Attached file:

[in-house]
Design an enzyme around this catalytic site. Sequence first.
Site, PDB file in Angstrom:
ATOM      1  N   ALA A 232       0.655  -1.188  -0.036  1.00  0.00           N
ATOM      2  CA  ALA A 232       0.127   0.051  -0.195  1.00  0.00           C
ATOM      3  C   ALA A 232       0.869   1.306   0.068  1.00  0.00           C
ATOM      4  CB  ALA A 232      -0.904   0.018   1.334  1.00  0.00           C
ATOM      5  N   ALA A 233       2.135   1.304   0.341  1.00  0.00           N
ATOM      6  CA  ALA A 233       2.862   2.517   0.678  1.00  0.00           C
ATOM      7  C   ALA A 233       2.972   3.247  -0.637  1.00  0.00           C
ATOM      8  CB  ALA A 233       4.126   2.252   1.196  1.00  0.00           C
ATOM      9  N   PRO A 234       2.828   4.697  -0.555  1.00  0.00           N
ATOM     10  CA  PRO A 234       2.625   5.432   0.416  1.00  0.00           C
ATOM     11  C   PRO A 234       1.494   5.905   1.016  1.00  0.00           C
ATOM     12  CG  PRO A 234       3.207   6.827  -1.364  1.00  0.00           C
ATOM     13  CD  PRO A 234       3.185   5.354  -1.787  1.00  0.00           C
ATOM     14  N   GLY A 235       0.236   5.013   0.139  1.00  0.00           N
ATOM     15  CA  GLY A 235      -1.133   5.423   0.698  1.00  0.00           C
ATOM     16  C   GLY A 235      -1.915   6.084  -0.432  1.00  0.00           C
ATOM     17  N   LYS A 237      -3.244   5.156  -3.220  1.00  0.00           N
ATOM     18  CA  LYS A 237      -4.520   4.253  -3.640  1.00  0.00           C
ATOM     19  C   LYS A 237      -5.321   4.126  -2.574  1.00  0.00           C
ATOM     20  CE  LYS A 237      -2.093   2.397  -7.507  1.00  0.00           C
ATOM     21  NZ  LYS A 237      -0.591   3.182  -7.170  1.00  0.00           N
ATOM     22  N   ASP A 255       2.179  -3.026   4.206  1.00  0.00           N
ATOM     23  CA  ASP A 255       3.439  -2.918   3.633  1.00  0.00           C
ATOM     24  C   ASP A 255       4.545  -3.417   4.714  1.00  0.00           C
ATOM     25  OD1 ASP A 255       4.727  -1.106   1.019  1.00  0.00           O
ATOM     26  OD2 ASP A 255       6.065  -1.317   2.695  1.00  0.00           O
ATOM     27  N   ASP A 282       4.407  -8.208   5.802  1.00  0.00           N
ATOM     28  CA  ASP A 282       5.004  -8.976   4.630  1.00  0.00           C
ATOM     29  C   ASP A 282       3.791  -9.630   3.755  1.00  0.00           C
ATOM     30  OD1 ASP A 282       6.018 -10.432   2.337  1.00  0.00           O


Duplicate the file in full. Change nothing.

[in-house]
Design an enzyme around this catalytic site. Sequence first.
Site, PDB file in Angstrom:
ATOM      1  N   ALA A 232       0.655  -1.188  -0.036  1.00  0.00           N
ATOM      2  CA  ALA A 232       0.127   0.051  -0.195  1.00  0.00           C
ATOM      3  C   ALA A 232       0.869   1.306   0.068  1.00  0.00           C
ATOM      4  CB  ALA A 232      -0.904   0.018   1.334  1.00  0.00           C
ATOM      5  N   ALA A 233       2.135   1.304   0.341  1.00  0.00           N
ATOM      6  CA  ALA A 233       2.862   2.517   0.678  1.00  0.00           C
ATOM      7  C   ALA A 233       2.972   3.247  -0.637  1.00  0.00           C
ATOM      8  CB  ALA A 233       4.126   2.252   1.196  1.00  0.00           C
ATOM      9  N   PRO A 234       2.828   4.697  -0.555  1.00  0.00           N
ATOM     10  CA  PRO A 234       2.625   5.432   0.416  1.00  0.00           C
ATOM     11  C   PRO A 234       1.494   5.905   1.016  1.00  0.00           C
ATOM     12  CG  PRO A 234       3.207   6.827  -1.364  1.00  0.00           C
ATOM     13  CD  PRO A 234       3.185   5.354  -1.787  1.00  0.00           C
ATOM     14  N   GLY A 235       0.236   5.013   0.139  1.00  0.00           N
ATOM     15  CA  GLY A 235      -1.133   5.423   0.698  1.00  0.00           C
ATOM     16  C   GLY A 235      -1.915   6.084  -0.432  1.00  0.00           C
ATOM     17  N   LYS A 237      -3.244   5.156  -3.220  1.00  0.00           N
ATOM     18  CA  LYS A 237      -4.520   4.253  -3.640  1.00  0.00           C
ATOM     19  C   LYS A 237      -5.321   4.126  -2.574  1.00  0.00           C
ATOM     20  CE  LYS A 237      -2.093   2.397  -7.507  1.00  0.00           C
ATOM     21  NZ  LYS A 237      -0.591   3.182  -7.170  1.00  0.00           N
ATOM     22  N   ASP A 255       2.179  -3.026   4.206  1.00  0.00           N
ATOM     23  CA  ASP A 255       3.439  -2.918   3.633  1.00  0.00           C
ATOM     24  C   ASP A 255       4.545  -3.417   4.714  1.00  0.00           C
ATOM     25  OD1 ASP A 255       4.727  -1.106   1.019  1.00  0.00           O
ATOM     26  OD2 ASP A 255       6.065  -1.317   2.695  1.00  0.00           O
ATOM     27  N   ASP A 282       4.407  -8.208   5.802  1.00  0.00           N
ATOM     28  CA  ASP A 282       5.004  -8.976   4.630  1.00  0.00           C
ATOM     29  C   ASP A 282       3.791  -9.630   3.755  1.00  0.00           C
ATOM     30  OD1 ASP A 282       6.018 -10.432   2.337  1.00  0.00           O